|Publication number||US5392484 A|
|Application number||US 08/161,780|
|Publication date||Feb 28, 1995|
|Filing date||Dec 2, 1993|
|Priority date||Dec 2, 1993|
|Also published as||CA2126942A1|
|Publication number||08161780, 161780, US 5392484 A, US 5392484A, US-A-5392484, US5392484 A, US5392484A|
|Original Assignee||Stoltzfus; John|
|Export Citation||BiBTeX, EndNote, RefMan|
|Patent Citations (10), Referenced by (17), Classifications (10), Legal Events (3)|
|External Links: USPTO, USPTO Assignment, Espacenet|
This invention relates generally to tools used in building construction and particularly to a hand tool for finishing corner joints in drywall. This invention relates particularly to a tool for finishing and cleaning bullnose corner joints.
Bullnose corners are often used in construction using drywall. A curved metal strip is placed between two drywall sheets that meet at an angle. A finishing compound is then applied over the metal strip before the drywall is painted. Typical angles for drywall corners are 90° and 135°. Bullnose corners are sometimes formed in drywall adjacent a door jamb. There is a need in the art for a tool that permits a drywall finisher to finish bullnose joints cleanly and quickly,
This invention provides a bullnose finishing tool that allows a drywall finisher to finish bullnose corners much more quickly than with previously used tools. The present invention may be used to finish corners of more that one angle. The present invention also may be used to finish a bullnose drywall corner adjacent a door jamb while forming and cleaning a kerf adjacent the door jamb.
A tool according to the present invention for cleaning and finishing bullnose joints between adjacent sheets of drywall or the like, comprises a handle configured for grasping by a user and a head connected to the handle. The head extends from the handle generally in longitudinal alignment with the handle. The head preferably is formed generally as a section of a thin-walled hollow cylinder having a concave side and a convex side. The head has a front edge as the working portion for contacting a drywall joint to be finished. A curved recess in the front edge has an edge that contacts the join to be finished. The curved recess is configured to conform to bullnose corners of selected angles, such that the curved recess portion of the head in the concave side of the head is configured for finishing a drywall joint of a first selected angle and the convex side is configured for finishing a drywall joint of a second selected angle. The first selected angle is 90° and the second selected angle is 135°, although the principles of the invention may be used to form a tool for cleaning drywall joints of any angle.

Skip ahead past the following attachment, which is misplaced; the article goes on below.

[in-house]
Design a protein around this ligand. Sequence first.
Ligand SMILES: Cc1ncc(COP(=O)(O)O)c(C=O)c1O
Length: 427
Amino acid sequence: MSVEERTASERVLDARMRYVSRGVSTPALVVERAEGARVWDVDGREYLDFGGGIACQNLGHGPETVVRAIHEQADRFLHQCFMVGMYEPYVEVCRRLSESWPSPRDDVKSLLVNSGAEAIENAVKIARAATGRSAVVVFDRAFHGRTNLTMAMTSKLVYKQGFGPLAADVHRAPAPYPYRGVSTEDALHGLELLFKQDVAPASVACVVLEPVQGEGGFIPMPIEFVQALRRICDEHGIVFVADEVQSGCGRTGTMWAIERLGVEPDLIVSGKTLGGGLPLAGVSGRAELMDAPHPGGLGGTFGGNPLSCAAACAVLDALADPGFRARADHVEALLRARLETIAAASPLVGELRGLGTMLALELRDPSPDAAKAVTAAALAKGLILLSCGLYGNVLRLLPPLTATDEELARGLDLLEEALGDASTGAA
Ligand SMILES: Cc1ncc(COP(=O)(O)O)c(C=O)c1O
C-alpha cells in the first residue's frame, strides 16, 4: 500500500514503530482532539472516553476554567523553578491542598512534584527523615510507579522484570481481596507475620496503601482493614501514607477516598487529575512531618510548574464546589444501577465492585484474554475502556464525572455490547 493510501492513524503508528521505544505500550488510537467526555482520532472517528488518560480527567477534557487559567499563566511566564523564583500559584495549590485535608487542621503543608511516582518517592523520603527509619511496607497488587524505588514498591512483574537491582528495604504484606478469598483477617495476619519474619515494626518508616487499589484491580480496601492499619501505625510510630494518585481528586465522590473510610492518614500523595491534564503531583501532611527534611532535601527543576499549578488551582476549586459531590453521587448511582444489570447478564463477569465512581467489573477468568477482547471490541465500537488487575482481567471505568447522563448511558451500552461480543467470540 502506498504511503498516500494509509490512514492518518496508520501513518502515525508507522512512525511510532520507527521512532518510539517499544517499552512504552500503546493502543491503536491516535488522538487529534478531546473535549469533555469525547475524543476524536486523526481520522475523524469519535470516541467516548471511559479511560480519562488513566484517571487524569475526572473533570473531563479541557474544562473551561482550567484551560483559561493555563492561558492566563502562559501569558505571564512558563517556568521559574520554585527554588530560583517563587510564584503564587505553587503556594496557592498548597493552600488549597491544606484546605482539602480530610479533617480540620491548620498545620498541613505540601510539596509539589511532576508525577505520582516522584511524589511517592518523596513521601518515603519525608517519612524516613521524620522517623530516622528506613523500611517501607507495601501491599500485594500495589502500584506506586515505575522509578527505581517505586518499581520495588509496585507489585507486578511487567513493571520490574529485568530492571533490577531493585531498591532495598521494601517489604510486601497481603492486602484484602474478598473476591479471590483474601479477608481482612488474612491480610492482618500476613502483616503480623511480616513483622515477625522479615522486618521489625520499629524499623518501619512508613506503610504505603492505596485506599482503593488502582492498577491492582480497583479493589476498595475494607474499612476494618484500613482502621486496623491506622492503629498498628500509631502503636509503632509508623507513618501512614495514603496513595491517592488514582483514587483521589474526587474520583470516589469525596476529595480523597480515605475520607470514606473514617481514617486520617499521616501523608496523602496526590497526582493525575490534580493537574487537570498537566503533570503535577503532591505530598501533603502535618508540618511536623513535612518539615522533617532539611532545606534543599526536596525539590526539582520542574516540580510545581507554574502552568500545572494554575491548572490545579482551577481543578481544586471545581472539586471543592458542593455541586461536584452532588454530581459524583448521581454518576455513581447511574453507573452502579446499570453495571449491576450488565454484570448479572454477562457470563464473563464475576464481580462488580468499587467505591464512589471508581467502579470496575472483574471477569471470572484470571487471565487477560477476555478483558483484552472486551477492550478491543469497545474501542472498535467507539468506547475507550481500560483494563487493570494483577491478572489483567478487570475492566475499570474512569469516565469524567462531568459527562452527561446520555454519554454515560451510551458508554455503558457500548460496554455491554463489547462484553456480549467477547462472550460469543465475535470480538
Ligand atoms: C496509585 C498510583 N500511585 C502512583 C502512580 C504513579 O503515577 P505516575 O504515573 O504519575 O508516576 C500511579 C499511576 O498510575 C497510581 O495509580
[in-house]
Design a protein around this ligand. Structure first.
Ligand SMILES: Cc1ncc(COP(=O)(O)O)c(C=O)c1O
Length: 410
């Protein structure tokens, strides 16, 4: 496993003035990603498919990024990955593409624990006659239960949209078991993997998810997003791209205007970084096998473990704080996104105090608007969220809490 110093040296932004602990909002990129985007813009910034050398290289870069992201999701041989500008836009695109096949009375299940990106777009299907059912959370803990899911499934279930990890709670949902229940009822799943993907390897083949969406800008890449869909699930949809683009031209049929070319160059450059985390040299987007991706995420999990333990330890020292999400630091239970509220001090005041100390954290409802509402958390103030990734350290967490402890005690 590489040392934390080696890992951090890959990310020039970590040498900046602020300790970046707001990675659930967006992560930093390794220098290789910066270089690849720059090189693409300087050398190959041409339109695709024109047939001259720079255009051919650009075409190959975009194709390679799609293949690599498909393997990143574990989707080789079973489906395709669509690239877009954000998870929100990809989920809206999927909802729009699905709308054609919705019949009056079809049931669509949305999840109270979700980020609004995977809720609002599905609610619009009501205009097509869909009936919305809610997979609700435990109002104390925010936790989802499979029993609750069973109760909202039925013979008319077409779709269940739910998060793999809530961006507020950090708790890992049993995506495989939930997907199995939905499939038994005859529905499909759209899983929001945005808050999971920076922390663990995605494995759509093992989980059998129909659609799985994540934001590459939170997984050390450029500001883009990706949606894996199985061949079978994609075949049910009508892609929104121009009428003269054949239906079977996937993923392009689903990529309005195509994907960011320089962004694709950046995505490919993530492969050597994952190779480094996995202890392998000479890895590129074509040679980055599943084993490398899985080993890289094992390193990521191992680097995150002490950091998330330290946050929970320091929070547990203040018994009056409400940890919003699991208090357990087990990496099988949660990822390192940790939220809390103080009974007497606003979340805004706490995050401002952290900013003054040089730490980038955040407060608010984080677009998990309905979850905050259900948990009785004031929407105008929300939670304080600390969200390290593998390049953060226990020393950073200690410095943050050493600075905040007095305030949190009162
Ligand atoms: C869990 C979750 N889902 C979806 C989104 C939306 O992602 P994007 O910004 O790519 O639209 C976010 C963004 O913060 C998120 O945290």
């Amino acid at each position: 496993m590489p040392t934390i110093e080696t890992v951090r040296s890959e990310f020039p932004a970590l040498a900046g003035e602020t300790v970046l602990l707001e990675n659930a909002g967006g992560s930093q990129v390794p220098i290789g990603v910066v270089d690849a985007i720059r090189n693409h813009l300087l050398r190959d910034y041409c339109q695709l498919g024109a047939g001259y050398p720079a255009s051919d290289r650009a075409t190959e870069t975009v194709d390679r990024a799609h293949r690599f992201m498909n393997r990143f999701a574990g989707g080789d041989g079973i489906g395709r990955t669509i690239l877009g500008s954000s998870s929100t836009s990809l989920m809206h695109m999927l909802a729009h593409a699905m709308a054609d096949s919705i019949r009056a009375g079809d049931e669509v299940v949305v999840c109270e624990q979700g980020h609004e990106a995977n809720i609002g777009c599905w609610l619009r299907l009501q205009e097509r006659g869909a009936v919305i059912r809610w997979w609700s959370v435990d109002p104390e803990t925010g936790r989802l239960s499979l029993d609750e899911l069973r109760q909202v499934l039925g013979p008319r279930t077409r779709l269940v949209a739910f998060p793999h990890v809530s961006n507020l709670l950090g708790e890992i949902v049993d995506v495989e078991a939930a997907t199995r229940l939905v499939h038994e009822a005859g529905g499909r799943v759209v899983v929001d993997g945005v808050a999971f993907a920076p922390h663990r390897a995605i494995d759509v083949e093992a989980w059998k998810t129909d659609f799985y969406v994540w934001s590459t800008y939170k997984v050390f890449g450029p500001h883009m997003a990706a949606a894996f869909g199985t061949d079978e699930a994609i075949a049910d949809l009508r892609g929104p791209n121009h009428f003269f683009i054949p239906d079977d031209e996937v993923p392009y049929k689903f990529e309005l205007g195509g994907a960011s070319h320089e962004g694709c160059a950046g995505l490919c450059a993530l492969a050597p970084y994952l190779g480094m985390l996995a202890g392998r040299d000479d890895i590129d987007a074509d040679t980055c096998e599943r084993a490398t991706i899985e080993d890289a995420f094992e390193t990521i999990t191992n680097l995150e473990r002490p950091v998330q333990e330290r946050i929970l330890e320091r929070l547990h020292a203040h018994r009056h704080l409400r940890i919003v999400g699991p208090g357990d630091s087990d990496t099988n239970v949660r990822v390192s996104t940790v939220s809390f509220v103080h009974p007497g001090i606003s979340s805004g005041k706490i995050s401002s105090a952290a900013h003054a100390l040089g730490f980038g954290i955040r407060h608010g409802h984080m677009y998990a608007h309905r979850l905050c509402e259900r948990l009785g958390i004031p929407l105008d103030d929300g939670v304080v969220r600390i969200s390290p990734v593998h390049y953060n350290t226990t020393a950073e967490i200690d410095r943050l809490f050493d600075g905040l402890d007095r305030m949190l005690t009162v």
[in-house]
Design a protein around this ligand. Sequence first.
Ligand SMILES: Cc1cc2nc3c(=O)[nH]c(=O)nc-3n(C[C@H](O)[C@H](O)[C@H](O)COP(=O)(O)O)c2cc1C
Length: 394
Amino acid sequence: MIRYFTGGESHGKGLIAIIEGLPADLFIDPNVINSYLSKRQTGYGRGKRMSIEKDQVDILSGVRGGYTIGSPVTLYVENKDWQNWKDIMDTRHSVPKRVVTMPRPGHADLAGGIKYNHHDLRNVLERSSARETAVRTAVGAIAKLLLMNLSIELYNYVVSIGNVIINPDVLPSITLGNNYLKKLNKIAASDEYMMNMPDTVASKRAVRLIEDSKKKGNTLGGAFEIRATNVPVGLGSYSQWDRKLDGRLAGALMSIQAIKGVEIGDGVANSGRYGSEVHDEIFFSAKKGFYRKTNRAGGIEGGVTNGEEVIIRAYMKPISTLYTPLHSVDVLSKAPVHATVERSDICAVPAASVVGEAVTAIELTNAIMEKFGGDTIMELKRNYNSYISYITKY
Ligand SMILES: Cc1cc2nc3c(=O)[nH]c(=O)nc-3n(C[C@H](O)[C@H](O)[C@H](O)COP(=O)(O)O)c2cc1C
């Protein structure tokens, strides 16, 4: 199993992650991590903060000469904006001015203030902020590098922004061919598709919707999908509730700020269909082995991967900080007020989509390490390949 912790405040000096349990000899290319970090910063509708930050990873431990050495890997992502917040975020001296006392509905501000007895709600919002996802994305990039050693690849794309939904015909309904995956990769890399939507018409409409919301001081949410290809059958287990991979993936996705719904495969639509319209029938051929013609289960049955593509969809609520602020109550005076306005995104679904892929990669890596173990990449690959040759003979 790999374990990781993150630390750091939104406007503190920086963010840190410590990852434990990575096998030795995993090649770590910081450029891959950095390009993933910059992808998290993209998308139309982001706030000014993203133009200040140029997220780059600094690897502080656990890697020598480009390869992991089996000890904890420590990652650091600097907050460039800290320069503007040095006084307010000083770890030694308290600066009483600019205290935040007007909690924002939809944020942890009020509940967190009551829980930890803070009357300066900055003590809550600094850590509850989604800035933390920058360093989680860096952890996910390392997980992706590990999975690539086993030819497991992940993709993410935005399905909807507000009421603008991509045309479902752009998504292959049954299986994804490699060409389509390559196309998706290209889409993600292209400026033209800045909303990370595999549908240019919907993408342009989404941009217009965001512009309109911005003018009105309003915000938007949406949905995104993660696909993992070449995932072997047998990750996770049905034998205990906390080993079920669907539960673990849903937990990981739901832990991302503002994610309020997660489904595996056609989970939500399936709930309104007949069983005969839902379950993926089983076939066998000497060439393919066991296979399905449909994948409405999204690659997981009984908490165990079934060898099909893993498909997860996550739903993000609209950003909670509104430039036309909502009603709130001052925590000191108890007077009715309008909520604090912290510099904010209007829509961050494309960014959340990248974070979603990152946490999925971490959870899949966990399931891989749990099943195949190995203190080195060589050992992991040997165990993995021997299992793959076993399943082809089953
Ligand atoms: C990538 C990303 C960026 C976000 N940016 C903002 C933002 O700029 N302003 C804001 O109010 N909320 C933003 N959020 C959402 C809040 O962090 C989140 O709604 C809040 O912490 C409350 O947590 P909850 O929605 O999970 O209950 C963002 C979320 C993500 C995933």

An appreciation of the objectives of the present invention and a more complete understanding of its structure and method of operation may be had by studying the following description of the preferred embodiment and by referring to the accompanying drawings.
FIG. 1 is a top plan view of view of a drywall finishing tool according to the present invention;
FIG. 2 is a bottom plan view of the drywall finishing tool of FIG. 1;
FIG. 3 is a side elevation view of the drywall finishing tool of FIGS. 1 and 2;
FIG. 4 is a front end elevation view of the drywall finishing tool of FIGS. 1-4;
FIG. 5 is a rear end elevation view of the drywall finishing tool of FIGS. 1-5;
FIG. 6 illustrates the drywall finishing tool according to the present invention being used to finish a 90° outside corner at a junction of two sheets of drywall;
FIG. 7 illustrates the drywall finishing tool according to the present invention being used to finish a 135° outside corner at a junction of two sheets of drywall; and
FIG. 8 illustrates the drywall finishing tool according to the present invention being used to finish a joint between a sheet of drywall and a door jamb.
Referring to FIGS. 1-3, a drywall finishing tool 10 according to the present invention includes a handle 12 and a head 14. The head 14 has two working sides 16 and 18. The side 16 is convex, and the side 18 is concave. As shown in FIGS. 1-3, the handle 12 is formed generally as an elongate cylinder with flattened portions 20 and 22 formed thereon.
The flattened portion 20 extends from the head 14 for a distance of about 1.5 in. In a preferred embodiment, the handle 12 is about four to five inches in length, however; the exact length of the handle is not an essential feature of the invention. Referring to FIGS. 1, 3, 7 and 8 the handle 12 includes a curved transition 24 between the flattened portion 20 and the rounded portion 26. The curved portion 24 is convenient for use as thumb-rest when the working side 18 of drywall finishing tool 10 is in use to finish certain types of drywall joints. Referring to FIG. 6, when the working side 16 is in use, the user's forefinger may be conveniently placed on the curved portion 24.
Referring to FIGS. 2, 3 and 6, the flattened portion 22 extends nearly the entire length of the handle 12. The end 28 of the handle 12 distal from the head 14 is generally circular. A curved transition portion 30 is formed between the flattened portion 22 and the circular end 28. The cylindrical portion of the handle 12 is about one inch in diameter.